Storms to Hit California Before Christmas

Storms to Hit California Before Christmas

A rainstorm hits the Southland in Newport Beach, Calif., on Jan 5, 2023. (John Fredricks/The Epoch Times)

Jill McLaughlin

Jill McLaughlin

12/14/2023

Updated: 12/30/2023

Californians should dust off their umbrellas and prepare for rain showers to arrive next week, according to the latest weather forecast.
Rain is expected to arrive beginning Sunday in most areas of the state, and there is a good chance of snow in Mammoth the week before Santa Claus makes his rounds.
The San Francisco Bay Area and nearby coastal communities could get two to four inches of precipitation throughout next week as the wet weather rolls in, according to the National Weather Service.
“I think that people should be prepared for unsettled weather to return to the Bay Area in general, but there are no major flooding concerns with this system as it’s coming in a series, with one wave after another,” Roger Gass, a meteorologist with the weather service out of in Monterey, California, told The Epoch Times. “So, that should reduce the flooding potential.”
Multiple rounds of rain are headed to the Golden State from the Gulf of Alaska, he said. The first storm should reach the coast by Sunday morning, followed by a series of storms that should taper off by Thursday or Friday.
In the Los Angeles region, residents should prepare to start seeing rain Sunday night or early Monday, but it should only bring about one-quarter of an inch, the weather service’s Oxnard office reported.
“It’s not going to be particularly heavy,” Meteorologist Mike Wofford of the Oxnard office told The Epoch Times. “We do have a few other storms headed our way after that, through the end of the year.”
A second system could move into the Los Angeles area Wednesday through Thursday which looks stronger, he added. Some snow could fall in the Big Bear Lake area during the second storm, especially above 6,000 feet, according to Mr. Wofford.
The town of Mammoth, located in eastern California and about 170 miles south of Reno, Nevada, has a 70 to 80 percent chance of seeing snow from Monday through Wednesday next week because of its higher-altitude location at 8,000 feet, according to Chris Smallcomb, a meteorologist with the weather service in Reno.
“That area has a bit more confidence of seeing heavy snow potential,” Mr. Smallcomb told The Epoch Times.
The Lake Tahoe area, though, is slightly lower in altitude at 6,200 feet and could only see rain, he added, but that could change as the storms arrive.
“Anyone traveling up to the Lake Tahoe area should be ready for potential winter weather,” Mr. Smallcomb said.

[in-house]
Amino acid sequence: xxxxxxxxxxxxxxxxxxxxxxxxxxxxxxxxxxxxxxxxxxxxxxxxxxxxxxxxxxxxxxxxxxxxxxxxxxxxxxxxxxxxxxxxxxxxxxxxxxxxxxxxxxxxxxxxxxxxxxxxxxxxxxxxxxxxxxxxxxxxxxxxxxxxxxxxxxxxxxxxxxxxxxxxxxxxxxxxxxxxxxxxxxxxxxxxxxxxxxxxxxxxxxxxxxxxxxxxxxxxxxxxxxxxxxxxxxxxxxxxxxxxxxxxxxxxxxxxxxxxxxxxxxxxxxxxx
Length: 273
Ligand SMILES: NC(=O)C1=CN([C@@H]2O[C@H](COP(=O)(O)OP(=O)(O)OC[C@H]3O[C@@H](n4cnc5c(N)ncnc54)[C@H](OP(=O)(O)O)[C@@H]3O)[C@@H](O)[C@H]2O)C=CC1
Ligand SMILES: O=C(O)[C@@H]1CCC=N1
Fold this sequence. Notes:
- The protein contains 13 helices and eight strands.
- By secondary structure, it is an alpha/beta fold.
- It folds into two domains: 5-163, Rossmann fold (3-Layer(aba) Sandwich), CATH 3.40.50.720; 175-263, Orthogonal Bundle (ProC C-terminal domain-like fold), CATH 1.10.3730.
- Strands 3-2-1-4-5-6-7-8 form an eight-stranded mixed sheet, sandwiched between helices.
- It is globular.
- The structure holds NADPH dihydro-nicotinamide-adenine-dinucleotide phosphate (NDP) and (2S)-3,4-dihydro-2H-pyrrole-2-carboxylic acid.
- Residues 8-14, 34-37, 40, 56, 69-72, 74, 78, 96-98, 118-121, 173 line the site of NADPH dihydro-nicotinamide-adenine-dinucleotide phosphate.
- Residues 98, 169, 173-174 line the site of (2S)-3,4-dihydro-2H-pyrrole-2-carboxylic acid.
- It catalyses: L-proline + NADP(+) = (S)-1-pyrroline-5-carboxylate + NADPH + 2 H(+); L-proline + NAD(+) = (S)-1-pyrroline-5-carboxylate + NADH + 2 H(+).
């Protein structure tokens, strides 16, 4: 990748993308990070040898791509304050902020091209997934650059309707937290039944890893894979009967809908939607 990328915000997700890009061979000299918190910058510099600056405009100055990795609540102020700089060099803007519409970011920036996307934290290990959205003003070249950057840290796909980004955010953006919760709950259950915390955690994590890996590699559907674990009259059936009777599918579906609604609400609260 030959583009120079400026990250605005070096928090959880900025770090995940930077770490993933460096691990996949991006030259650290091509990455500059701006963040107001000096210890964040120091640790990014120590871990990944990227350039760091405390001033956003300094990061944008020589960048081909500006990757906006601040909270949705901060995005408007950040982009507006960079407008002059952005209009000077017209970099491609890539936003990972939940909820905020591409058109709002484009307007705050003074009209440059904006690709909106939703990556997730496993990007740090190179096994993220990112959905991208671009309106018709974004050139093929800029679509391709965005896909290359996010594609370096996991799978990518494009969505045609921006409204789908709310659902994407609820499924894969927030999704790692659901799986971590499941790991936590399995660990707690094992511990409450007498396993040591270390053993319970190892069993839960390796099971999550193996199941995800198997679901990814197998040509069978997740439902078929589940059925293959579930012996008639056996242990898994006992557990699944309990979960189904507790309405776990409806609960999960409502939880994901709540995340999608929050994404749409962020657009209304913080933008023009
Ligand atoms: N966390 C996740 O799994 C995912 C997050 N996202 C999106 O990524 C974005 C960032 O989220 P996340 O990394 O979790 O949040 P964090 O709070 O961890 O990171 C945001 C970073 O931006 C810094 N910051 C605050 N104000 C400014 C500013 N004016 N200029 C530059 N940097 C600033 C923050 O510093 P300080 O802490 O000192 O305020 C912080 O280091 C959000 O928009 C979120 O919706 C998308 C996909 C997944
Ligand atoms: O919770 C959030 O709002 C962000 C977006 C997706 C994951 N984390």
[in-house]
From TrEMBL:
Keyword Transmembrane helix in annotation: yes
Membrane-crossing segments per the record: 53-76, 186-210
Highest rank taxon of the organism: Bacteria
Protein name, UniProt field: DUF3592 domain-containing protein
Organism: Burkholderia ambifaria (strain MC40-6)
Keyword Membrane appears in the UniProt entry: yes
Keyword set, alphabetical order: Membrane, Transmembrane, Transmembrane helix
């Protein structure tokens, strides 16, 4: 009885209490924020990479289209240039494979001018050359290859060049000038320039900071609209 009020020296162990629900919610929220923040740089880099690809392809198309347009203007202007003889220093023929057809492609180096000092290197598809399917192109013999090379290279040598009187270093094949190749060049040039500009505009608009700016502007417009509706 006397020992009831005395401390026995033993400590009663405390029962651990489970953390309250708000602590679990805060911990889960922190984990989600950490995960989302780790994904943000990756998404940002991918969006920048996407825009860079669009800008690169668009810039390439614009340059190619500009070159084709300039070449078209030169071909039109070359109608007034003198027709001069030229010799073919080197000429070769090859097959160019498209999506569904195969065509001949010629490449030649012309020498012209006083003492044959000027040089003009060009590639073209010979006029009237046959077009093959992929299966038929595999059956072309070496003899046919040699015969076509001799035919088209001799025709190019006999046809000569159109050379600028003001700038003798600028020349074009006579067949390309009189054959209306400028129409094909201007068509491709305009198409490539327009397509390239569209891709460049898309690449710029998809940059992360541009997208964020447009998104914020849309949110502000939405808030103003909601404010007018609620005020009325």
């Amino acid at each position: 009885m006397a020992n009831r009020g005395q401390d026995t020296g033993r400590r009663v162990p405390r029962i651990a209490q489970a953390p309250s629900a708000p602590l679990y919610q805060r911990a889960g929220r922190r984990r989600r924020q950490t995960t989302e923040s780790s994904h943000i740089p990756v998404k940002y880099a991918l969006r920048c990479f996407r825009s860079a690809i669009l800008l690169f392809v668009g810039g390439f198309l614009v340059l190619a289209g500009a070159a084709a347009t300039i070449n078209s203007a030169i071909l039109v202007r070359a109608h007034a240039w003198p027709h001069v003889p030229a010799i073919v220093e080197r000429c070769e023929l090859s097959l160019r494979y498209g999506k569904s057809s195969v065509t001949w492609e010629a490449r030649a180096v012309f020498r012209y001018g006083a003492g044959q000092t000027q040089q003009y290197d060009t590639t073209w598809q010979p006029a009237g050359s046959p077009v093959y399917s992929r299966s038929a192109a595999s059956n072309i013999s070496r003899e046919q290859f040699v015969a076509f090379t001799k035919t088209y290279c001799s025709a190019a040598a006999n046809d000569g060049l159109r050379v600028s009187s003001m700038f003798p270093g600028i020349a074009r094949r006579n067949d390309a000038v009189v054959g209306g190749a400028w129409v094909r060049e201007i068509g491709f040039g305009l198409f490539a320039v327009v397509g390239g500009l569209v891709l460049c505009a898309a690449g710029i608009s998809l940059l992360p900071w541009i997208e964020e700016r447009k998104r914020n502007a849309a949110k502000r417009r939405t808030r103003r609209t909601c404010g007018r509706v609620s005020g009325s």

Snow blankets a home in Rancho Cucamonga, Calif., on Feb. 25, 2023. (Josh Edelson/AFP via Getty Images)

Snow blankets a home in Rancho Cucamonga, Calif., on Feb. 25, 2023. (Josh Edelson/AFP via Getty Images)

California has been fairly dry so far this season, but that could change with the El Niño weather pattern this year, according to AccuWeather, an online national weather forecast service.
“It has been a very dry start to the wet season in California, unlike last winter,” AccuWeather Chief On-Air Meteorologist Bernie Rayno said Wednesday.
Last year, a November storm brought 1 to 2 inches of rain to San Francisco and Los Angeles. The season progressed in December when nearly 10 inches of rain doused the San Francisco Bay Area and nearly 3 inches drenched Los Angeles, according to AccuWeather.
Forecasters are unsure how this year’s El Niño will ultimately affect California.
“The upcoming pattern change for California will most likely be gradual, with some opportunities for rain and mountain snow for the second half of December,” AccuWeather reported Wednesday. “However, the pattern may become more intense in the coming weeks and months, depending on El Niño and other factors, such as surrounding sea surface temperatures in the Pacific.”
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Jill McLaughlin

Jill McLaughlin

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Jill McLaughlin is an award-winning journalist covering politics, environment, and statewide issues. She has been a reporter and editor for newspapers in Oregon, Nevada, and New Mexico. Jill was born in Yosemite National Park and enjoys the majestic outdoors, traveling, golfing, and hiking.

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